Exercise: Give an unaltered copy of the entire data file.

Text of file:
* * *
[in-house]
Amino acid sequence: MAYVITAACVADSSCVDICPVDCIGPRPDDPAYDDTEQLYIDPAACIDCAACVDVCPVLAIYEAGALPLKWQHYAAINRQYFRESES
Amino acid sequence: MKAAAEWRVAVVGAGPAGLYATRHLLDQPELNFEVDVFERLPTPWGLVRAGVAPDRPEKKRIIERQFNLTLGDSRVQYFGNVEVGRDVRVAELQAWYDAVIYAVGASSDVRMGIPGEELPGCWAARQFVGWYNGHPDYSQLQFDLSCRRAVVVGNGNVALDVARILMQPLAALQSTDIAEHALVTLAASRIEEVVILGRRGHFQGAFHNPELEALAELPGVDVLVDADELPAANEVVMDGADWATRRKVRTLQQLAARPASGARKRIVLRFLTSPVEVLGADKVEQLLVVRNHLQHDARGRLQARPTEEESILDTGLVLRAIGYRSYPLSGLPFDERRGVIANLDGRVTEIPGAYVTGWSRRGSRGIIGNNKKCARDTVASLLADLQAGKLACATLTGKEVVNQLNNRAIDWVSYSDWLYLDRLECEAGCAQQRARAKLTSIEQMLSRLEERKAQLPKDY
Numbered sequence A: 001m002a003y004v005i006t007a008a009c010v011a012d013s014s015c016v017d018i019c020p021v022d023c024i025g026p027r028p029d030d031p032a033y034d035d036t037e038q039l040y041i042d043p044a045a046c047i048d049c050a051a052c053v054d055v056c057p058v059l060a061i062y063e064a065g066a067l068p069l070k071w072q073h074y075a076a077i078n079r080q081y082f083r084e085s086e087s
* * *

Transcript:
[in-house]
Amino acid sequence: MAYVITAACVADSSCVDICPVDCIGPRPDDPAYDDTEQLYIDPAACIDCAACVDVCPVLAIYEAGALPLKWQHYAAINRQYFRESES
Amino acid sequence: MKAAAEWRVAVVGAGPAGLYATRHLLDQPELNFEVDVFERLPTPWGLVRAGVAPDRPEKKRIIERQFNLTLGDSRVQYFGNVEVGRDVRVAELQAWYDAVIYAVGASSDVRMGIPGEELPGCWAARQFVGWYNGHPDYSQLQFDLSCRRAVVVGNGNVALDVARILMQPLAALQSTDIAEHALVTLAASRIEEVVILGRRGHFQGAFHNPELEALAELPGVDVLVDADELPAANEVVMDGADWATRRKVRTLQQLAARPASGARKRIVLRFLTSPVEVLGADKVEQLLVVRNHLQHDARGRLQARPTEEESILDTGLVLRAIGYRSYPLSGLPFDERRGVIANLDGRVTEIPGAYVTGWSRRGSRGIIGNNKKCARDTVASLLADLQAGKLACATLTGKEVVNQLNNRAIDWVSYSDWLYLDRLECEAGCAQQRARAKLTSIEQMLSRLEERKAQLPKDY
Numbered sequence A: 001m002a003y004v005i006t007a008a009c010v011a012d013s014s015c016v017d018i019c020p021v022d023c024i025g026p027r028p029d030d031p032a033y034d035d036t037e038q039l040y041i042d043p044a045a046c047i048d049c050a051a052c053v054d055v056c057p058v059l060a061i062y063e064a065g066a067l068p069l070k071w072q073h074y075a076a077i078n079r080q081y082f083r084e085s086e087s